Progressive Neoliberalism

Since I’m doing quotes, here is one from the great Nancy Fraser:

In its U.S. form, progressive neoliberalism is an alliance of mainstream currents of new social movements (feminism, anti-racism, multiculturalism, and LGBTQ rights), on the one side, and high-end “symbolic” and service-based business sectors (Wall Street, Silicon Valley, and Hollywood), on the other. In this alliance, progressive forces are effectively joined with the forces of cognitive capitalism, especially financialization. . . The former lend their charisma to the latter. Ideals like diversity and empowerment. . . gloss policies that have devastated manufacturing and what were once middle-class lives.

The Fighters of Utopia

If freedom becomes confused with the leftist utopia, then power necessarily devolves to an elite of ‘freedom fighters’ who can decide when to invoke the ‘exception’ to traditional mass notions of democracy, justice and morality.

Philip Mirowski.

OK, he said “neoliberal utopia” but there is no longer any difference.

Long-awaited Books

In what concerns book reviews, I don’t get the sentence “a long-awaited debut by a new author.” How come people have been waiting for something that nobody knew was going to happen?

I started reading one such “long-awaited debut” yesterday, and it’s a fine novel. A cute, comforting mommy-lit book. But I almost didn’t pick it up at the store because of the gushy “long-awaited” statements on the cover. They always hint that the book is ideological. Thankfully, in this particular novel, the ideological component seems to reside in the author’s race and not the text of the novel.

Propaganda and Desire

The TV ratings of the chief Russian propagandists Olga Skabeeva and Vladimir Solovyov have collapsed. The reason is that they have no wins to report, not even imaginary ones. Now their shows are all about “why are we losing so badly?” And people don’t want to hear that they are losing, so they don’t tune in.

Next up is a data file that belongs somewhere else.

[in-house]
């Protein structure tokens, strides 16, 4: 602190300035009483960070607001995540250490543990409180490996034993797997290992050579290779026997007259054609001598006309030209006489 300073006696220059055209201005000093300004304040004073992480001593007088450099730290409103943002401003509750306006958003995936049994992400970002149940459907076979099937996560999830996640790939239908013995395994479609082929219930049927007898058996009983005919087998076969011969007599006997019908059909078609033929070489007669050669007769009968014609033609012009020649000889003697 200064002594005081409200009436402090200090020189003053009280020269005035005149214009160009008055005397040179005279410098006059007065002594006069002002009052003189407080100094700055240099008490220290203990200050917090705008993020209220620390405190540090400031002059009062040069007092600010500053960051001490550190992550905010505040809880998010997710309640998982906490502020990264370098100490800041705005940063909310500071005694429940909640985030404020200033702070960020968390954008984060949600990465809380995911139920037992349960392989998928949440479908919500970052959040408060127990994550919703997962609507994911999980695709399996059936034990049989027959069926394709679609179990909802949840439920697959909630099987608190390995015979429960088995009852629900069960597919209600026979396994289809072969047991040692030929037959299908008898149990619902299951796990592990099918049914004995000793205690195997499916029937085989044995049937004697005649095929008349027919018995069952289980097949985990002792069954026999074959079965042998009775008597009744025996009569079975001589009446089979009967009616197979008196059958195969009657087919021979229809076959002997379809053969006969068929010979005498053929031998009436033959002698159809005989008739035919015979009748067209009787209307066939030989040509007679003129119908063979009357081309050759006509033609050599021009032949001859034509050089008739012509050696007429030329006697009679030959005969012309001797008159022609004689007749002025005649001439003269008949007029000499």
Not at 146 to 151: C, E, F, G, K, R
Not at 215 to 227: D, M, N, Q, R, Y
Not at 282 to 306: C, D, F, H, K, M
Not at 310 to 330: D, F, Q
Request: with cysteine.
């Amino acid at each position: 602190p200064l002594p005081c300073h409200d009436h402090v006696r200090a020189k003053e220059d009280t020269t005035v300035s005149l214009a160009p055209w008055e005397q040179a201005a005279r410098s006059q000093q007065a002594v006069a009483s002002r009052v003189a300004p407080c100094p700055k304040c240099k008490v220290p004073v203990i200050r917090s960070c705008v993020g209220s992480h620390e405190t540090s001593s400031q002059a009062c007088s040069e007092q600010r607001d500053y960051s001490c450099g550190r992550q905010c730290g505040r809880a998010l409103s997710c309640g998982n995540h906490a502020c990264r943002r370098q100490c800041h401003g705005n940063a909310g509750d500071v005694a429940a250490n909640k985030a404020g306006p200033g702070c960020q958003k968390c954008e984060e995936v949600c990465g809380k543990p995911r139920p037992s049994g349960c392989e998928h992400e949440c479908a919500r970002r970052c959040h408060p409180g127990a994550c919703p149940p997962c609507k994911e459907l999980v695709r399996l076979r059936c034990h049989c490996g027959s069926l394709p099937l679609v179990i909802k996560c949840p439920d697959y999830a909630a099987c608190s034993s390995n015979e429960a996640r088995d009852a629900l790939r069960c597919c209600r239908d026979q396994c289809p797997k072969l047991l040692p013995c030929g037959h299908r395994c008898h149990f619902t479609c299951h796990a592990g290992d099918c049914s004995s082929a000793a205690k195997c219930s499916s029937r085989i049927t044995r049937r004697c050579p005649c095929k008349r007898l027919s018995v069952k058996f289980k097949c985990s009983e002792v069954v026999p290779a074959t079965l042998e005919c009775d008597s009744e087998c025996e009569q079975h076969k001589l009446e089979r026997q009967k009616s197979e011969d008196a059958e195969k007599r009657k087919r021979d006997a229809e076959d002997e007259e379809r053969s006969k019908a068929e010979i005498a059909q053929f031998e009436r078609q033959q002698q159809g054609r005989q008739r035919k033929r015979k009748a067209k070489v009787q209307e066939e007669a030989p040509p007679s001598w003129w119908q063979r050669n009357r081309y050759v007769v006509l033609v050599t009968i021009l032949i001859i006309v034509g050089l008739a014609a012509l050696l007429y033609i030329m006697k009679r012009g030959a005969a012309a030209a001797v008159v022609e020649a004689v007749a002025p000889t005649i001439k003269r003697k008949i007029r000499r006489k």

There is an important lesson here. Everybody is excellent at avoiding propaganda when it tells them what they don’t want to hear. No propaganda on the planet can convince people of something they don’t want to believe. Propaganda doesn’t cause desire. It’s desire that causes propaganda.

Consequently, nobody – absolutely nobody – is immune to propaganda. People who are convinced that they are immune are the most likely to fall under its influence.

Nobody is immune because we all have desires. I’m immune to the kind of propaganda peddled by Skabeeva and Solovyov because they have nothing that I desire. But I’m not immune to other kinds.

I spent 15 years in thrall to a particular brand of progressivist propaganda because it flattered my sense of superiority. Note that I say “flattered”, not “created.” The superiority was already there and it was my choice to seek out a system of thinking that would feed it.

Feelings of togetherness, belonging, self-righteousness, importance, clarity and many others are what people seek when they set out to look for comforting conspiracy theories and other propagandistic joys. The need can overcome anybody, and we should all be honest with ourselves about what kind of propaganda would be attractive to us.